People with disabilities describe ‘quarantine’

#butwearealwaysathome: people with disabilities describe how they are always ‘quarantined’ at home


A St Petersburg coder, Ivan Bakaidov, who has cerebral palsy and is a member of the Council on Accessibility of the Polytechnic Museum of Moscow, has launched a flashmob. Most of Ivan’s friends with disabilities spend all their time at home because so many places are inaccessible. Now, because of the spread of the Coronavirus pandemic Muscovites are asked to stay at home if possible. In posts and videos on social media people are saying that they are panicking and terrified of quarantine, and don’t know how to arrange their lives in these conditions. Ivan has called on people with disabilities to attract the attention of people who are stuck indoors for the first time and share with them the life skills they learned in their isolation.

“I call on people now to empathise with those who due to their physical disabilities cannot leave their homes. I would like you to organise services that people need most urgently (such as food deliveries, or free access to streamed cinema showings for people with disabilities. Now is the time when we can improve our situation” said Ivan on his Facebook page.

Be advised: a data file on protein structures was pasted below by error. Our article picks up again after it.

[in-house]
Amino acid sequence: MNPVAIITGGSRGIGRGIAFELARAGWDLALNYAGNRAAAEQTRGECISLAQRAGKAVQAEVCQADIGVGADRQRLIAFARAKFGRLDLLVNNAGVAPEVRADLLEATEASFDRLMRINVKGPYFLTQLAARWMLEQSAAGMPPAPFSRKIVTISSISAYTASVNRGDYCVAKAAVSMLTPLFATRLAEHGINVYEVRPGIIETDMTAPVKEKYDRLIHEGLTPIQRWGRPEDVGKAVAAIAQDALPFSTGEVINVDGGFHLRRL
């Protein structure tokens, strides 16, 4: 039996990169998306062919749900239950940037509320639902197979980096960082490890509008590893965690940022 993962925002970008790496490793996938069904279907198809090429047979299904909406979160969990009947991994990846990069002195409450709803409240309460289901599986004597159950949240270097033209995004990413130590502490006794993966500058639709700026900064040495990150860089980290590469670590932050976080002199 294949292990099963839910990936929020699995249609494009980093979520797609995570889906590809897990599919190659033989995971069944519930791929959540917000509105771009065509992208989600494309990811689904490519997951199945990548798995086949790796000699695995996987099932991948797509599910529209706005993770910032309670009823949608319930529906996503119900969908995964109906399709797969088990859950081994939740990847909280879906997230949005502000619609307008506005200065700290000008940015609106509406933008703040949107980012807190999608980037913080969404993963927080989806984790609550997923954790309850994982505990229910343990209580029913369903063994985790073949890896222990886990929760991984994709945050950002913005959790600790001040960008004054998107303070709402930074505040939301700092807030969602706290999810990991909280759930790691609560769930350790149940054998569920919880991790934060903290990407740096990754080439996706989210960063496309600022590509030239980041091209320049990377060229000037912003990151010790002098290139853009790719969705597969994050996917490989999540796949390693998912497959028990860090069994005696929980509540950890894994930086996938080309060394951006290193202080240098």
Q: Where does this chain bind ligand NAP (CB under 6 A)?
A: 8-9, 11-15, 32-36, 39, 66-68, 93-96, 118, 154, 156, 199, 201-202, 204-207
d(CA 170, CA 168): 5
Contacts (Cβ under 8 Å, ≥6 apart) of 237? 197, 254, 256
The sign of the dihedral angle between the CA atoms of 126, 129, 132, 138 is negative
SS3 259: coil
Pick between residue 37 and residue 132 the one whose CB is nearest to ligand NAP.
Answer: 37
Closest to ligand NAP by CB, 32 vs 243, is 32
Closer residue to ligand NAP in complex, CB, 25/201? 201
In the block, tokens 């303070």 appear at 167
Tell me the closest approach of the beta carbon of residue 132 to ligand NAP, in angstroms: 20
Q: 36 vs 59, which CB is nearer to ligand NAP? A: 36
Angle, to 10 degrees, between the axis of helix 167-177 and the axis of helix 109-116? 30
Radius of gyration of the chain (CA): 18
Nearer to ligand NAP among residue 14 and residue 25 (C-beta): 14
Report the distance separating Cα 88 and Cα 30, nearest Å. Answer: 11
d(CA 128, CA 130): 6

“A person in a wheelchair is used to staying at home and for weeks and months, and in some cases, years, they don’t go out but just look out of the window. …Many of the early years of my life after I became disabled were like that….Probably, for people without disabilities, who are always rushing somewhere, quarantine will offer them the wonderful possibility of spending time with their families. And they will experience what it is like to stay indoors when they would really like to be outside, but cannot be”, wrote Aislu Asan. 

“For me and many people with neuromuscular disease, the period from October to May is mostly spent inside the four walls of our apartments. It’s cold outside, your hands are frozen, making it impossible to steer your wheelchair. So, if you want to buy something going to your usual shop is not an option. Then you can use on-line shopping.” said Rutkovsky. He most often uses Ozone requesting that the goods be left at the door, or sometimes he uses Beru, or Wildberries.

The flashmob was supported by the Director of the Adler Rehabilitation Centre, Tatyana Vasinyuk-Arekhovskaya. “Knowing what it is like when you can’t go out, even when you want to, that is one situation. It’s another when you want to, but the world is closed to you because you can’t access it. Now life has become complicated for people who lead a normal life, but will they be able to think about anything other than the difficulties they face themselves” she said on her page.

To join the action write a post to hashtag #амывсегдадома

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